As I’m getting more experience in running my IsraelB online community, I’m realizing how sensitive and careful you must be when posting content, as sometimes what you write can be misunderstood and twisted.
When you talk to someone face-to-face and you insult or embarrass them, you feel bad. Why? Because you see the impact of your words on their faces and body language. They may blush, look angry, shout back and in the worst scenarios, get physical.
Since the advent of social media, this is not the case.
When you write a comment or opinion on social media, whilst the impact of your words is far greater than a face-to-face encounter, you don’t fully appreciate how much damage and pain your words may have caused. Reputations can be ruined, jobs lost, families torn apart and relationships and friendships broken. All as a result of an offhand and /or irresponsible quip or comment.
The worst thing is, unlike in a face-to-face encounter, on social media you don’t suffer the consequences of your actions. You can remain anonymous which allows you to express yourself more freely than you would in real, human interaction.
A few months ago, Mark Zuckerberg, celebrated 2 billion users on Facebook. Yes, this is a great achievement,but despite all the good that social media and Facebook does in connecting people and making us all feel a little less lonely, as someone who works in social media and runs the IsraelB online community, and therefore had been following the ‘discussions’ surrounding the Rabbi Dweck case that occurred earlier this year, I can say that in that story, we had also been exposed to how much damage and harm social media can do.
I am not just talking about the Rabbi Dweck episode earlier this year, but I can think of plenty of other cases in the past year where social media discussions surrounding issues in our community have not informed and moved us forward, but rather confused, creating unnecessary ill feeling and disunity.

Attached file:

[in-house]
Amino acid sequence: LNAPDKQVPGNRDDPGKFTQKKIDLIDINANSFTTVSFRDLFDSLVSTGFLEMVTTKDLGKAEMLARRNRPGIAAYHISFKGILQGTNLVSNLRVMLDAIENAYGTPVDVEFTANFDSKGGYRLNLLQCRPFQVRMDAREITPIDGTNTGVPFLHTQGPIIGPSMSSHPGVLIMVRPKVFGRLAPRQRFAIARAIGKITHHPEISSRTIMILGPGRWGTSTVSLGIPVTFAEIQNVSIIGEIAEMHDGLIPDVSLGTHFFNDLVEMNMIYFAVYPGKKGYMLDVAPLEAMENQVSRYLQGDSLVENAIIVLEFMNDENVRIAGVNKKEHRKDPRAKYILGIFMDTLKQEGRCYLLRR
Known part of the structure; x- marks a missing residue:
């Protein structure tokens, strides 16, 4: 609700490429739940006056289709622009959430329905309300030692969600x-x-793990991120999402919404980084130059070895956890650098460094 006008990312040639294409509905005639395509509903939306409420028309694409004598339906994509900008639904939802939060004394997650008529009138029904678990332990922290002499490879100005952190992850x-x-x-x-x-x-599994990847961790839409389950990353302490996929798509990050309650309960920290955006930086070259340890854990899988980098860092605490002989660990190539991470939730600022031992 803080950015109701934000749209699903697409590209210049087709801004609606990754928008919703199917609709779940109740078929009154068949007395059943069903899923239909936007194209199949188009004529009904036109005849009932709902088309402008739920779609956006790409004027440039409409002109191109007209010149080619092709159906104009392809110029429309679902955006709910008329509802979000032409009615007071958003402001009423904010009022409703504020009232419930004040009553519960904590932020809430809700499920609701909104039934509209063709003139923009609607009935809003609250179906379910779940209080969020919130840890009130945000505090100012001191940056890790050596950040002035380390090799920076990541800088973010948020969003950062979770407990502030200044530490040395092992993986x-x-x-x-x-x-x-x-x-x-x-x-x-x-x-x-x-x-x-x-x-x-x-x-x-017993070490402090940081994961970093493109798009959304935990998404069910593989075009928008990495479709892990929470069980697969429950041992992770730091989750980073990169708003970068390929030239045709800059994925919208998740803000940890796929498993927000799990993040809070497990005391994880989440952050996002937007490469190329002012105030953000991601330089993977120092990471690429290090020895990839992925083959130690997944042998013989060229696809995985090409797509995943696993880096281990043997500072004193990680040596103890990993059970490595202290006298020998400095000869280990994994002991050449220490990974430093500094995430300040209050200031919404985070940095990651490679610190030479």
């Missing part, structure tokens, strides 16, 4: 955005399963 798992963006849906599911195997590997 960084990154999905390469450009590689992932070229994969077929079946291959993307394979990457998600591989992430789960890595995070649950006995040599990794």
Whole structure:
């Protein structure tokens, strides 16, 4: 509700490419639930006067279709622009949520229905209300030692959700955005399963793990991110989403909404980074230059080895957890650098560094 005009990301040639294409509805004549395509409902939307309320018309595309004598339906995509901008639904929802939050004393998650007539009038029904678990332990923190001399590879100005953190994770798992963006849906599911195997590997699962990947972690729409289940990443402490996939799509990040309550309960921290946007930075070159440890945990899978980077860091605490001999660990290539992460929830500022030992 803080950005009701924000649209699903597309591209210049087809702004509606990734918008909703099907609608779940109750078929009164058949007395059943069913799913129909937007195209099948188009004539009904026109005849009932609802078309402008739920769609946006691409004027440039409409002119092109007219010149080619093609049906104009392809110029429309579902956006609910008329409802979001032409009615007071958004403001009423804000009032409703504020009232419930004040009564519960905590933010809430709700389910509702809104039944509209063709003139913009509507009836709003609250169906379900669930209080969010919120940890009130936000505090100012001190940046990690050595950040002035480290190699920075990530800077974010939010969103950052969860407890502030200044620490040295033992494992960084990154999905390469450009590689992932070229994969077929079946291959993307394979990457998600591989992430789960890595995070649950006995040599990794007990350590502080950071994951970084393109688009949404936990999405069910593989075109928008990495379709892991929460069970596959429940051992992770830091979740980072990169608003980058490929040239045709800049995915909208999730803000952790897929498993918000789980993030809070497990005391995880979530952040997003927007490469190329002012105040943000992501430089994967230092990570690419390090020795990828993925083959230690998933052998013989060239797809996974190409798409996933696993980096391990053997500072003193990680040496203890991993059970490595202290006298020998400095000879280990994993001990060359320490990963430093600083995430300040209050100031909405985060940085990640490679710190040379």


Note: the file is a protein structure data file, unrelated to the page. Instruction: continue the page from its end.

Furthermore, many people who post blogs or write opinions are actually being paid to do so or have an agenda and so their views are not objective or representative of the truth.
My question is, due to its power and reach, is social media the appropriate forum to discuss these types of community issues, like the Rabbi Dweck case? Yes, on the one hand, people have every right to express their opinions, learn more and be heard. But, on the other hand, we have seen how much misinformation has been passed around in the Rabbi Dweck case earlier this year, that in fact in my view, far more damage has been done that good and we are all to blame, as we write it or read it.
Even now when I see rabbanim criticize other rabbanim on Facebook on a whole range of issues, I ask myself, was that really necessary? Especially often when those rabbanim who are being criticized are not on Facebook and won’t respond or defend themselves, why on earth use Facebook to criticize them? Would Rav Shlomo Zalman Auerbach or Rav Aharon Lichtenstein have written that type of thing? Couldn’t he just have picked up the phone or written a private email and asked for clarification, rather than an all out public attack on Facebook?
Has social media caused us to become totally desensitized and oblivious to how much damage our words can cause? Sadly, I think for many people, the answer is yes.
So, yes, I’m the first one to argue that social media has a great role to play in connecting people, and yes, Mark Zuckerberg has every reason to celebrate reaching the 2 billion mark earlier this year, but let’s also, all of us, be far more careful with what we write and bear in mind what the Rabbis say in Pirkei Avot (1:11):
‘Avtalyon would say: Scholars, be careful with your words. For you may be exiled to a place inhabited by evil elements [who will distort your words to suit their negative purposes]. The disciples who come after you will then drink of these evil waters and be destroyed, and the Name of Heaven will be desecrated.’
So, yes when it comes to posting interesting blogs on the Parsha or Halacha or pictures from Israel showing what a beautiful country it is or videos from a simcha sharing your happy times, Facebook is the place. We all like seeing interesting content and happy news.
But, I really think we need to think more than twice, before getting involved in discussing contentious community issues on social media.
This year, let’s use our words to build and create, rather than to destroy and humiliate.